European Model Holding Firm in Keeping Higher Impact Accumulations South of DC

The trend in the 50 European ensembles from overnight suggests that despite a slight northern jog in track over the past several days, the steadiest snowfall rates should remain well to the south and west of Washington on Monday.

The first set of 25 out of 50 ensembles:

The second set of 25 out of 50 ensembles:

Here is the Ensemble Mean of all 50 ensembles above:

Most likely scenario:

A slushy half-inch to one inch of accumulation is possible (confined to grassy surfaces) along and south of the interstate 66 corridor in Northern Virginia and along and east of interstate 95 in Maryland.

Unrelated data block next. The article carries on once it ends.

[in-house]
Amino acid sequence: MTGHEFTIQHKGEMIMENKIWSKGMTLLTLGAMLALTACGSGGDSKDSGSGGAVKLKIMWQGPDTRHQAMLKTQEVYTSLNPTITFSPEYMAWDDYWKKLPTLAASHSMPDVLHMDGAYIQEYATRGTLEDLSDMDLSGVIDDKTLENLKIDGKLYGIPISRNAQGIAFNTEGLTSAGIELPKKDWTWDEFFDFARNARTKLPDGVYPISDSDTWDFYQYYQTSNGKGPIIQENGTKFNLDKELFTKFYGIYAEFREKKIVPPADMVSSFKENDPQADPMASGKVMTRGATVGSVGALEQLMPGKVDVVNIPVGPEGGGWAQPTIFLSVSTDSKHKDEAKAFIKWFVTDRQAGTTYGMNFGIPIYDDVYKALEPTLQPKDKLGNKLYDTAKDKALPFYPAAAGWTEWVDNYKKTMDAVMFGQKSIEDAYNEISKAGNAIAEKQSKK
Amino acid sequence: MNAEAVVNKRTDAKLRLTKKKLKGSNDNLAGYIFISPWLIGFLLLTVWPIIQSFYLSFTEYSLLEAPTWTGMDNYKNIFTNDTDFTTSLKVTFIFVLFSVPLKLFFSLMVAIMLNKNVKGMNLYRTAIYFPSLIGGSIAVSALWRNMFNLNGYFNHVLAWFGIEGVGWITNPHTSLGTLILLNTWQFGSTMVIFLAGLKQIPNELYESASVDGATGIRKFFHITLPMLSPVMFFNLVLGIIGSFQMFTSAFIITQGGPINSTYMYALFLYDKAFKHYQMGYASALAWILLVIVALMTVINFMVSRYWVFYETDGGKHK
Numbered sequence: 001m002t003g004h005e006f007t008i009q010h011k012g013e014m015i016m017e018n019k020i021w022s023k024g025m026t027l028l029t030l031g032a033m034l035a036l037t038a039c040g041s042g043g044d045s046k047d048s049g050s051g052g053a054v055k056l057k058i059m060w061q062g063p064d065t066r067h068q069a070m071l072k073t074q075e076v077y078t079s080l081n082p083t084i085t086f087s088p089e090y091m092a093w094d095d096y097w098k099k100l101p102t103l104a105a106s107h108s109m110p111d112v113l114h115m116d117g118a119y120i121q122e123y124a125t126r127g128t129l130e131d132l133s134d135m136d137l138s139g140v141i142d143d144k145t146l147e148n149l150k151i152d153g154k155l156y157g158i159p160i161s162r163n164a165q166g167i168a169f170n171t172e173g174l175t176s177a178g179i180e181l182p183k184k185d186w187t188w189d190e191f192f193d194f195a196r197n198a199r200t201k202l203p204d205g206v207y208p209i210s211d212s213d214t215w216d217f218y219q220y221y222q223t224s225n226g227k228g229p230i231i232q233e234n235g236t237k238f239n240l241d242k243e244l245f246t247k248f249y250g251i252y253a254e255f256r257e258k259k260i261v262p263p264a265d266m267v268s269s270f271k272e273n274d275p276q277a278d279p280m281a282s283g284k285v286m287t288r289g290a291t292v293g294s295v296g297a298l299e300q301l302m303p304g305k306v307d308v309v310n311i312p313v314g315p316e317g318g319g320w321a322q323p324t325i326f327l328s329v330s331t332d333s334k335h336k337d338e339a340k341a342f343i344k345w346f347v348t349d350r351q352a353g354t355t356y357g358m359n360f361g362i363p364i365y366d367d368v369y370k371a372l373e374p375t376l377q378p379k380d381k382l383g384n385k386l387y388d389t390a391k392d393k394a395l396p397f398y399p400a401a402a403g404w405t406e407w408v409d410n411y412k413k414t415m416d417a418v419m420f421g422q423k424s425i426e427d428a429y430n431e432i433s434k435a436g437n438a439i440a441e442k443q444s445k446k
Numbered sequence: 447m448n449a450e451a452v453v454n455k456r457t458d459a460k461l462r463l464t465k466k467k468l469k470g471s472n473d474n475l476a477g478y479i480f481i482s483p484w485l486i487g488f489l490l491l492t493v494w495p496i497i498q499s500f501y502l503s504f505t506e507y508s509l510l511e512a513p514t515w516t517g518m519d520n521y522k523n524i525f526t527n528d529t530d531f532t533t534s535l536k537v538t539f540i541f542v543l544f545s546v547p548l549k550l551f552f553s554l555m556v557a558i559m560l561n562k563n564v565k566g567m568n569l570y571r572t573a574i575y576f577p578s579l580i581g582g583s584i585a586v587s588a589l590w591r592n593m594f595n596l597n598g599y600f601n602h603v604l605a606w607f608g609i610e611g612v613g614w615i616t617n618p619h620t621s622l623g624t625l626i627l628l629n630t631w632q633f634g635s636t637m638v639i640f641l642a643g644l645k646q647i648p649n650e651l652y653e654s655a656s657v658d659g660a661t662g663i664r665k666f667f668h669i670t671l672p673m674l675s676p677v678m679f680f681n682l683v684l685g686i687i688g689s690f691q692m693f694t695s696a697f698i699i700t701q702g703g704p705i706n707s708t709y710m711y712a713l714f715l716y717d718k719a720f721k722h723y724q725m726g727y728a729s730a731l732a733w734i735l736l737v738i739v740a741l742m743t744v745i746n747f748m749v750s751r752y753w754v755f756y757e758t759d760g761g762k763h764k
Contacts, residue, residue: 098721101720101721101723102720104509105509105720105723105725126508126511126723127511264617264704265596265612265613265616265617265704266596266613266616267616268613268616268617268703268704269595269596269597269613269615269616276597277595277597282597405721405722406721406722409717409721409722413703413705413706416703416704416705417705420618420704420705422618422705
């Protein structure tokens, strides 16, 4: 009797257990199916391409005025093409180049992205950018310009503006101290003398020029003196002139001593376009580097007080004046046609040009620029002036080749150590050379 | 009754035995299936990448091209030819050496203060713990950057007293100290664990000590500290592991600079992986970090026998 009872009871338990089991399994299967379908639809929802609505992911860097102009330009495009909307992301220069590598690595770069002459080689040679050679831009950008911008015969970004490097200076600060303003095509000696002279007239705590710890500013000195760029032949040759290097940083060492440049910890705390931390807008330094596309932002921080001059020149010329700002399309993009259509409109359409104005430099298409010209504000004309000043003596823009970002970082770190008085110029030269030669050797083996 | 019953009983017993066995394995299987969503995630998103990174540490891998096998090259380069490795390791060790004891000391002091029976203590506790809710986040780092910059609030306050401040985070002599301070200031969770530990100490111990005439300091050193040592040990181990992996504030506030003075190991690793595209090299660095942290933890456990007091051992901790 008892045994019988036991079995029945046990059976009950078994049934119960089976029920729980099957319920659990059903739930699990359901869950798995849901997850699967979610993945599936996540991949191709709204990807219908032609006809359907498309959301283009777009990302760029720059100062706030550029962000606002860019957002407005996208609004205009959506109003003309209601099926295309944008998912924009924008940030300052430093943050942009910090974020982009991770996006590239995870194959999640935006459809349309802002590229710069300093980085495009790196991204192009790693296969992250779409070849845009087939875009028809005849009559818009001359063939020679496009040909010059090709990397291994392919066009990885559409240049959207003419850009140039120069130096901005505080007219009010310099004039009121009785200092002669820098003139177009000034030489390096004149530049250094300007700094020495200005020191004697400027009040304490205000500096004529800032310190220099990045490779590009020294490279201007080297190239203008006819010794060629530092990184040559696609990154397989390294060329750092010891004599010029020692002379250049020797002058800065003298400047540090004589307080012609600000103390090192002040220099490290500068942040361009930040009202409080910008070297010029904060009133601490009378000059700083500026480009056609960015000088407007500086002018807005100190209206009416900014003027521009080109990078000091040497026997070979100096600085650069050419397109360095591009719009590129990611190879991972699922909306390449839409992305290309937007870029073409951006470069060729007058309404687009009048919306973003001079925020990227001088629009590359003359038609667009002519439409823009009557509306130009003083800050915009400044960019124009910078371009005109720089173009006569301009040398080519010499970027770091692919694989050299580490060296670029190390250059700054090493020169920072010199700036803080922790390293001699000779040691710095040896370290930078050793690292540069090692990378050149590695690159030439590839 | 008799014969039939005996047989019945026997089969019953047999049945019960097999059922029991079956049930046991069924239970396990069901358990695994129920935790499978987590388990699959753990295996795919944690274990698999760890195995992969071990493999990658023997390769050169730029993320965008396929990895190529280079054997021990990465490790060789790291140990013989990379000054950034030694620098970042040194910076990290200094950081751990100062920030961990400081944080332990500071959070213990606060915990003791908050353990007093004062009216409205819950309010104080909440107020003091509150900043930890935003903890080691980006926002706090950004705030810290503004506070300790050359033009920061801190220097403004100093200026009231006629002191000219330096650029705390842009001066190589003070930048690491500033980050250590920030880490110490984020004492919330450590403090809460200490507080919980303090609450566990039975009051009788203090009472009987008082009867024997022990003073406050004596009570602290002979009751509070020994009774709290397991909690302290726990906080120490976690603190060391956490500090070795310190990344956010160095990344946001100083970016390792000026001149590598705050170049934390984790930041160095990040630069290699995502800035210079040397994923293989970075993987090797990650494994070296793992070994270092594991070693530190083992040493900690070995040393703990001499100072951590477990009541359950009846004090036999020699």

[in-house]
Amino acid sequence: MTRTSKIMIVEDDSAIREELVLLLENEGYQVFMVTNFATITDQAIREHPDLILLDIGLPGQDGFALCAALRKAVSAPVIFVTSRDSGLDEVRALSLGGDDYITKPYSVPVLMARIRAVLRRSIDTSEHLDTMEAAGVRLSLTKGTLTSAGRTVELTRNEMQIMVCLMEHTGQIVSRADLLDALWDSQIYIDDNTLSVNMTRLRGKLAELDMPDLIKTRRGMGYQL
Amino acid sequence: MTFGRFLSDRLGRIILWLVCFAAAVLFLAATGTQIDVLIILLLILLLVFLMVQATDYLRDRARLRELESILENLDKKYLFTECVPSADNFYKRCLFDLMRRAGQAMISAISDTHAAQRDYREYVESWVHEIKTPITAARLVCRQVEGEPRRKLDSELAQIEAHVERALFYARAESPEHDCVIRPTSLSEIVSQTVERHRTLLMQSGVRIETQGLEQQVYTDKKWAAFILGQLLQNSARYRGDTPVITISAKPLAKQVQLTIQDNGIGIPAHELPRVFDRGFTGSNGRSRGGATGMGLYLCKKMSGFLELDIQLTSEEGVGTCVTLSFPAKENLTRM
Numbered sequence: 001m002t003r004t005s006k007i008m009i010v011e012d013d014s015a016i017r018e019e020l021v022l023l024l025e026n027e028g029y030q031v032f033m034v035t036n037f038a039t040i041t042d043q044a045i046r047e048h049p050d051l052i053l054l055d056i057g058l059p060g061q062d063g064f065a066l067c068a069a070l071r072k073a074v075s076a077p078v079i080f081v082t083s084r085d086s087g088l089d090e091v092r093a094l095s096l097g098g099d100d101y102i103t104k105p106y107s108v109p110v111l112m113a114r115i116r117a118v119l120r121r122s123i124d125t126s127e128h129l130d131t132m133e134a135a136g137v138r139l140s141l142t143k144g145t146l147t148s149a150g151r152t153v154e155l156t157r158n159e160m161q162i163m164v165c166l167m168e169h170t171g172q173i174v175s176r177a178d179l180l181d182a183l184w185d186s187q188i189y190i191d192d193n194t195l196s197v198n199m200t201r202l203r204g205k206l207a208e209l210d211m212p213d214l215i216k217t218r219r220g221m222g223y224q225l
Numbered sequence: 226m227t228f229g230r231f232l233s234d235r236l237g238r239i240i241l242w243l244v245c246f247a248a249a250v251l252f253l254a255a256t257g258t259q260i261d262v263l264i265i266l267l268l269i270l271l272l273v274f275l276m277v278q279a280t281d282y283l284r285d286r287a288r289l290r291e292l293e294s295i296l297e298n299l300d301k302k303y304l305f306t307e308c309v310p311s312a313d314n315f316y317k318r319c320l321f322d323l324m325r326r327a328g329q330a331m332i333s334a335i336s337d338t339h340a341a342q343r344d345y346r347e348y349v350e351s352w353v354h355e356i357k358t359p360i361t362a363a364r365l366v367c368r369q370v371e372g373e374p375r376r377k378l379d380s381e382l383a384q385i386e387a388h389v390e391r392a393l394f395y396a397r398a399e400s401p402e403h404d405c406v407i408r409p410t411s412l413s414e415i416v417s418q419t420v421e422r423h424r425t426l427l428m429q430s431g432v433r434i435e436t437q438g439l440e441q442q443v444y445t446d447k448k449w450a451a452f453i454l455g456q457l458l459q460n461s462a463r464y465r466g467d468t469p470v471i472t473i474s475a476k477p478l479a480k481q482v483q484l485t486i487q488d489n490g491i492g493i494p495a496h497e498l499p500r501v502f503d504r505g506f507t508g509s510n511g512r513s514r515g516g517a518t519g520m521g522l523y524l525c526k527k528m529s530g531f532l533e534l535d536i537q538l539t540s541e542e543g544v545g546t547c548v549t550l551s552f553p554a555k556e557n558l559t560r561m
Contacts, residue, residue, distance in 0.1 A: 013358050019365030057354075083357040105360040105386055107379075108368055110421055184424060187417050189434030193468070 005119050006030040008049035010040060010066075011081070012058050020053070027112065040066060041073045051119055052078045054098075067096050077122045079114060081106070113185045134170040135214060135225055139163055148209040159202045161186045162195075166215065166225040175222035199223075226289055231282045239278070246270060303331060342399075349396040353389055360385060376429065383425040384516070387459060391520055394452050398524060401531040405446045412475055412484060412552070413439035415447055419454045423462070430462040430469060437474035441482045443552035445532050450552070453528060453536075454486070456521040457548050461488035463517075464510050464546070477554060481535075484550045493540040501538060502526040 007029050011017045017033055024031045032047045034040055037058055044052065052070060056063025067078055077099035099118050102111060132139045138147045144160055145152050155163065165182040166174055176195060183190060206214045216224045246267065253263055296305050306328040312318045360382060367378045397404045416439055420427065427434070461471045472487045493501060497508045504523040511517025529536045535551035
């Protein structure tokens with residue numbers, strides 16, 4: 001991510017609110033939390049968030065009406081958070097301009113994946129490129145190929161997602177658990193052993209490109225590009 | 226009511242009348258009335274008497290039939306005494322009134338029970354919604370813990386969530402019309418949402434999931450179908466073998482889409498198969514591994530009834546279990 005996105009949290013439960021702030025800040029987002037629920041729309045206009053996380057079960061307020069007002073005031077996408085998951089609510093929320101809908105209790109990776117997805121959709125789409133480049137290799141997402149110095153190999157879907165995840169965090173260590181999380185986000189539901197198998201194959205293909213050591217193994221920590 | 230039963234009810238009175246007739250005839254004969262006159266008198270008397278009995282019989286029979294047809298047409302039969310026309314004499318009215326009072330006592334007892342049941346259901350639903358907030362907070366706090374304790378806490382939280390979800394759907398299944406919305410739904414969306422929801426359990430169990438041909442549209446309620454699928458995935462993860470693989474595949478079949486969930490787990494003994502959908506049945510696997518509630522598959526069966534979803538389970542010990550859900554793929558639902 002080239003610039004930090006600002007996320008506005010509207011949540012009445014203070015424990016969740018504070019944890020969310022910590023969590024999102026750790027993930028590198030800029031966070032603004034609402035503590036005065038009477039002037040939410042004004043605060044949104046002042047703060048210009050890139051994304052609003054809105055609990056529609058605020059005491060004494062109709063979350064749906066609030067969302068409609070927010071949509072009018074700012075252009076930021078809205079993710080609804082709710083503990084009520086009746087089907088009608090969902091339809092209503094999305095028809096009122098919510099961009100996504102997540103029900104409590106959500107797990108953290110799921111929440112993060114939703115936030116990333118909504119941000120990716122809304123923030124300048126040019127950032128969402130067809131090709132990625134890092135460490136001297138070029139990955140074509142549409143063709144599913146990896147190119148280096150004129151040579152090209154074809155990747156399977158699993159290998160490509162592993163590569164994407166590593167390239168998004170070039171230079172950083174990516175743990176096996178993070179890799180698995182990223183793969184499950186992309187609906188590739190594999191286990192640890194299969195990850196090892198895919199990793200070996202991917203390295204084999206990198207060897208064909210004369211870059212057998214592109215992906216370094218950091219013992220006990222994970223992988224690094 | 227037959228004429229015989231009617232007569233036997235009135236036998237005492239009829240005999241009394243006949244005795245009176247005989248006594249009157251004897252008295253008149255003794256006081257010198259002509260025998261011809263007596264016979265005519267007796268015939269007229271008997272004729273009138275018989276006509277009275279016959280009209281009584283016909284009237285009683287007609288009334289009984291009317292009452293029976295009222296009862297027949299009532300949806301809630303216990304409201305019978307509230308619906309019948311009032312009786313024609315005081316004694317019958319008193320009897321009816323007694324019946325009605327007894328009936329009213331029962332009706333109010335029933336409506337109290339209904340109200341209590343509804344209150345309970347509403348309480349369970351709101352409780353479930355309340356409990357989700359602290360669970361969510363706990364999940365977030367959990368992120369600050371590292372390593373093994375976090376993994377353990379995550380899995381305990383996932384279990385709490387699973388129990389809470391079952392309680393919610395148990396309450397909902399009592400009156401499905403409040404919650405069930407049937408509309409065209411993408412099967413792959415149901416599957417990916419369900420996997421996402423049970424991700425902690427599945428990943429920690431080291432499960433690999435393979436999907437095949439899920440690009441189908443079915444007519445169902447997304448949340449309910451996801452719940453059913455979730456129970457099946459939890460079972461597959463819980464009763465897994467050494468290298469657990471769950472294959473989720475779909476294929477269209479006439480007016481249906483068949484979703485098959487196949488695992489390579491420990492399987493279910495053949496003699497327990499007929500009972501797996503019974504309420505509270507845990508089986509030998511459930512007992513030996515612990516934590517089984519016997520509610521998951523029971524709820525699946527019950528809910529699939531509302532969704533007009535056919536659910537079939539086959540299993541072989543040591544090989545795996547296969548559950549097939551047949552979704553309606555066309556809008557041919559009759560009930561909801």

The central Shenandoah valley as well as the hilly terrain along and east of the central Virginia Blue Ridge have the best chance of receiving 3 to 6″ of snow.

The higher March sun angle will be in play here with precipitation moving in during the afternoon hours.

 

The latest European operational model showing potential snowfall accumulation:

When you hear the term “DC Snow Hole” the following image highlights this Winter pretty well:

The American Short Range Ensemble Forecasts (SREF) also keep higher impact accumulations out of play for DC:

The 26 member ensemble mean suggest that 2″ in DC tomorrow would be the most we would see with less than one inch being the most likely outcome.

Sorry Snow Lovers, the bright side is that we will pay for this lack of snowfall in future winters and the models are suggesting that a weak El Nino may be in store next Winter.

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